Do the latest in the line of folk revivalists let go of the past and offer something new? Let’s see.
The music is drawn from that glorious time between the mid ’60s and the late ’70s when acoustic guitars and beautiful vocal harmonies were never far apart. You get the sense that the songs were written to be played round a camp fire, as the day melts away and the burning embers float into the air. Whilethere’s a little of the sadness that underpinned many of the artists of this era, one never feels that Fossil Collective are in the midst of any emotional turmoil – it’s just beautifully bittersweet.
Unlike some contemporary acts, Fossil Collective don’t make vague references to anonymous hipster bands, whose obscurity scores more points than the quality of their music, and there’s no sense that the duo are sharing a private joke as the listeners decide whether they dare admit they’ve never heard of any of the bands being referenced. Instead there’s a real appreciation of the craftsmanship of truly excellent songwriters, and the result is five absolutely marvellous songs.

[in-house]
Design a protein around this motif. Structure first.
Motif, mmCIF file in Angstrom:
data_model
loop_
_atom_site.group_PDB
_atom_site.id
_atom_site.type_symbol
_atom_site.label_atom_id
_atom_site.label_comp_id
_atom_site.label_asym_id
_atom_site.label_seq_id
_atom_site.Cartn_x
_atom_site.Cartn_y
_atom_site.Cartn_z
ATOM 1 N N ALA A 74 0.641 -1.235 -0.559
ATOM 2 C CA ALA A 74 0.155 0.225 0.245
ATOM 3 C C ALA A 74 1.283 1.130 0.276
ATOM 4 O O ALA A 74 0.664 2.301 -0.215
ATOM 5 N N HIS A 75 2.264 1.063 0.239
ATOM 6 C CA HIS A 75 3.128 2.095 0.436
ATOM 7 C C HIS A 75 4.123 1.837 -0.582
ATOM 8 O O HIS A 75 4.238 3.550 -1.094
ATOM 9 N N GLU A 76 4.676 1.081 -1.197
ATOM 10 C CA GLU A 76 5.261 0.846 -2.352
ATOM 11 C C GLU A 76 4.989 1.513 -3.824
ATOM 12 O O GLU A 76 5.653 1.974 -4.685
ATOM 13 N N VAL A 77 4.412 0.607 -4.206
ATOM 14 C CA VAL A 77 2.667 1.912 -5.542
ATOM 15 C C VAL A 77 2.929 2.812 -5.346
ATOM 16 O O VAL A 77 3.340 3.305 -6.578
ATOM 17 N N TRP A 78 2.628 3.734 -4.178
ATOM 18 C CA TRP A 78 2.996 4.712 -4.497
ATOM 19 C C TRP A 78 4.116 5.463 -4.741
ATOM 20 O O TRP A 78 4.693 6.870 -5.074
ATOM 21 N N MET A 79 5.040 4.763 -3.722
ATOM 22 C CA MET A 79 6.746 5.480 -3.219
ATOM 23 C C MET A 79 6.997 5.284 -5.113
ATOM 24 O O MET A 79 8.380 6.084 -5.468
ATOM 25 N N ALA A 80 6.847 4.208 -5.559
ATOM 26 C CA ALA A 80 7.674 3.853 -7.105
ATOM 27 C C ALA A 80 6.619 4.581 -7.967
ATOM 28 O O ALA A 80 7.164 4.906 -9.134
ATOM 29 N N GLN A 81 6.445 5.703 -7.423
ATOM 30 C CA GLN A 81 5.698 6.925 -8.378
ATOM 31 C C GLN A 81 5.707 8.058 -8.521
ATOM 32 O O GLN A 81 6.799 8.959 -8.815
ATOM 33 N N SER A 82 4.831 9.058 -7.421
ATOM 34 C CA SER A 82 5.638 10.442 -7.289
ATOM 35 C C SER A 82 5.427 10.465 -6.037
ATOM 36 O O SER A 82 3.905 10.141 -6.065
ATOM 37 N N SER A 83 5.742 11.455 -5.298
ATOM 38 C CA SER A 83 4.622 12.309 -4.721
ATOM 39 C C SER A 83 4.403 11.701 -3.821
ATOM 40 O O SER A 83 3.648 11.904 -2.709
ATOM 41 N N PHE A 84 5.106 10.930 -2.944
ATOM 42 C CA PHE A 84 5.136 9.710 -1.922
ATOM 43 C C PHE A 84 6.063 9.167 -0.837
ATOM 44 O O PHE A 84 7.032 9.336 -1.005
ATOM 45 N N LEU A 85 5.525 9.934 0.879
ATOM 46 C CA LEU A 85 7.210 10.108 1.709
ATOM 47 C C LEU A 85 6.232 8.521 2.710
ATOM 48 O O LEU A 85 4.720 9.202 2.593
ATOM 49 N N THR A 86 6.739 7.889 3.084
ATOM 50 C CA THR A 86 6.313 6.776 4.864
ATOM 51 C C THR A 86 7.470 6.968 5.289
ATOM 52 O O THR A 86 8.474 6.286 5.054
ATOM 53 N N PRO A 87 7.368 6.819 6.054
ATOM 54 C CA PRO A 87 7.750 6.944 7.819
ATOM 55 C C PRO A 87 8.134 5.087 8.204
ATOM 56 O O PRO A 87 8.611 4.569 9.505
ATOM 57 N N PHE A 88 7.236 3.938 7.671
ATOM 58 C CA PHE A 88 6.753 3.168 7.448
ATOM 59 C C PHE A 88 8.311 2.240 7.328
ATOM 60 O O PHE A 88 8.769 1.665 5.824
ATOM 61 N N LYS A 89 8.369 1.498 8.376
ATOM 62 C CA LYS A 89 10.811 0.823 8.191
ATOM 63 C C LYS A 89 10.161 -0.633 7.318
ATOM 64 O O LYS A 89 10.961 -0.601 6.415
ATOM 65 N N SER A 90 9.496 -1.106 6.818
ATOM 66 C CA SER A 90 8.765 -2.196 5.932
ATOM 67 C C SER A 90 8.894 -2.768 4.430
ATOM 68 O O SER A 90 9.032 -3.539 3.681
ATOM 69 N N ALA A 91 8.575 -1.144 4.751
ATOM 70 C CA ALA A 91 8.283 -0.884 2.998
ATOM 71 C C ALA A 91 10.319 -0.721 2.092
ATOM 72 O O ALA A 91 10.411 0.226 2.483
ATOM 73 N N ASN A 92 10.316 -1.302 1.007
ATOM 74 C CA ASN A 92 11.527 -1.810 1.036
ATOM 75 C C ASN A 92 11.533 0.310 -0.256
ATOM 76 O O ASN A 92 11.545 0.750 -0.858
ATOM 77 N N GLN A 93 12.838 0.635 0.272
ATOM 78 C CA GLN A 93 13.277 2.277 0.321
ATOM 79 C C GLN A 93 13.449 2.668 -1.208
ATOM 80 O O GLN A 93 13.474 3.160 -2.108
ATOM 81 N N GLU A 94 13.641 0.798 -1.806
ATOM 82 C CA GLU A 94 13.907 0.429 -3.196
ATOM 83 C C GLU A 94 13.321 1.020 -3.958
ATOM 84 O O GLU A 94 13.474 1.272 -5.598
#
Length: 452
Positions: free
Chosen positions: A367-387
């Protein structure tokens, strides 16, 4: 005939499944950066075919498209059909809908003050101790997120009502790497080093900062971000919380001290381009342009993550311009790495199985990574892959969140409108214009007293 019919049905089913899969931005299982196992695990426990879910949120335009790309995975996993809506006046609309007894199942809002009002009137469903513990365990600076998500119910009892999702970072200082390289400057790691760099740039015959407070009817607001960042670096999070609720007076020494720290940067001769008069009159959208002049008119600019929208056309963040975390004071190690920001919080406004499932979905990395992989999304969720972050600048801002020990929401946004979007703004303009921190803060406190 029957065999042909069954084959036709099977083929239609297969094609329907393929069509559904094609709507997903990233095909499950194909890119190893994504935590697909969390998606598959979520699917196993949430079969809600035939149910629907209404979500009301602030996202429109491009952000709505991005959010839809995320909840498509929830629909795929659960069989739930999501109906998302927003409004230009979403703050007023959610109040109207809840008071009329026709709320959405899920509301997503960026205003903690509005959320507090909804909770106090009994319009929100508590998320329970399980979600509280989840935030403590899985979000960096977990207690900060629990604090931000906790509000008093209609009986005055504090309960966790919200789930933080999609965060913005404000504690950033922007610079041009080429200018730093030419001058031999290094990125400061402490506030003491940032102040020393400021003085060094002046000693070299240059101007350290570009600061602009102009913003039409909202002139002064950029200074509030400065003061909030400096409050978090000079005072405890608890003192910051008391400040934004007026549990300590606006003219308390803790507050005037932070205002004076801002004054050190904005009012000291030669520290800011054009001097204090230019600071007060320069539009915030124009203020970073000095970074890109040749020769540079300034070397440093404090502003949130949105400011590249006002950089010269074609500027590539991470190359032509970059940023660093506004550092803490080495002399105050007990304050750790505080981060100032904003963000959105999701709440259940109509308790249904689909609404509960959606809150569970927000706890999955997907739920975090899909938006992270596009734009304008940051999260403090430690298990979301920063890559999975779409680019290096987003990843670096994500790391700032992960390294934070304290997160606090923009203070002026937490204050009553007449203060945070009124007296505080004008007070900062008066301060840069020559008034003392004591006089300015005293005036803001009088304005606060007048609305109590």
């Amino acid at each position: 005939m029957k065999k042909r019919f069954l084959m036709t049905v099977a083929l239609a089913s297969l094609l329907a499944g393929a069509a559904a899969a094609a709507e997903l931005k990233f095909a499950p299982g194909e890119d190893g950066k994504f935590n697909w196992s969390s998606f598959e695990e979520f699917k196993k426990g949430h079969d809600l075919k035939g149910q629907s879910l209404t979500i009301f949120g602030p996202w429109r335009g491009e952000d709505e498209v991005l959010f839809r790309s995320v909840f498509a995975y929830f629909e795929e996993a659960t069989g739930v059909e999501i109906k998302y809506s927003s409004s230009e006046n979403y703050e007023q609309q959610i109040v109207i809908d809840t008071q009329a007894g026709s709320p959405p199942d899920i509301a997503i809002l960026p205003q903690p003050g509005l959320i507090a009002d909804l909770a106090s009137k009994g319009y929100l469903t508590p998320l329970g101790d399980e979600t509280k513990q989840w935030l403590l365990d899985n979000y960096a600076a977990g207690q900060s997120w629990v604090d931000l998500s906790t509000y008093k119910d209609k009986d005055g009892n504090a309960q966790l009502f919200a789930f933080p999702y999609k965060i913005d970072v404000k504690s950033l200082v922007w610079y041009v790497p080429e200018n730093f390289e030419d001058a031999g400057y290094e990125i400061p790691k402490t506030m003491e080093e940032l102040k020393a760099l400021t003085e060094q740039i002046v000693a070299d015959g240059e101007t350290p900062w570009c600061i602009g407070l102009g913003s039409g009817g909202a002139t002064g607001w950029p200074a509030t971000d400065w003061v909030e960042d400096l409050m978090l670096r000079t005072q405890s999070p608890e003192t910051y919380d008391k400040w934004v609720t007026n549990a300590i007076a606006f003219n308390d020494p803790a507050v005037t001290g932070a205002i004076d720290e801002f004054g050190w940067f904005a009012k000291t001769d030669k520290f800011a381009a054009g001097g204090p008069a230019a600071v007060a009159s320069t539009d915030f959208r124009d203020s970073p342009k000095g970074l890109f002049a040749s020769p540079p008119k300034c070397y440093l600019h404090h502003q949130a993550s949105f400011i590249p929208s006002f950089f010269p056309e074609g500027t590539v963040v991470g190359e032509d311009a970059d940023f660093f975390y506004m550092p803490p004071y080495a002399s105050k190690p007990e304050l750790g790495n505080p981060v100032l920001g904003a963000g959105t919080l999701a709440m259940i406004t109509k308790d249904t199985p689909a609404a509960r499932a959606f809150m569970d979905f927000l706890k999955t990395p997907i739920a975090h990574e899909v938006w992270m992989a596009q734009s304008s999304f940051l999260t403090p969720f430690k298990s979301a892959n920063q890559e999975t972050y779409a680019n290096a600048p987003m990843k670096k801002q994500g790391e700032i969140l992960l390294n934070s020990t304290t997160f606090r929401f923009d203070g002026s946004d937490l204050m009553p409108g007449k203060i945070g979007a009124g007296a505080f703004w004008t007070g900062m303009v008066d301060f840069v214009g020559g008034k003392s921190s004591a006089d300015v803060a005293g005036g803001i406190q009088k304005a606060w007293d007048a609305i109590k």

So will Fossil Collective achieve the recognition afforded to the likes of Fleet Foxes, Laura Marling and Mumford & Sons? We will have to wait and see. What’s indisputable is that any fan of classic folk-rock will find two kindred spirits in Fossil Collective.
Verdict: A fine collection of harmonious, Neil Young-inspired folk songs that are sure to melt even the frostiest hearts.
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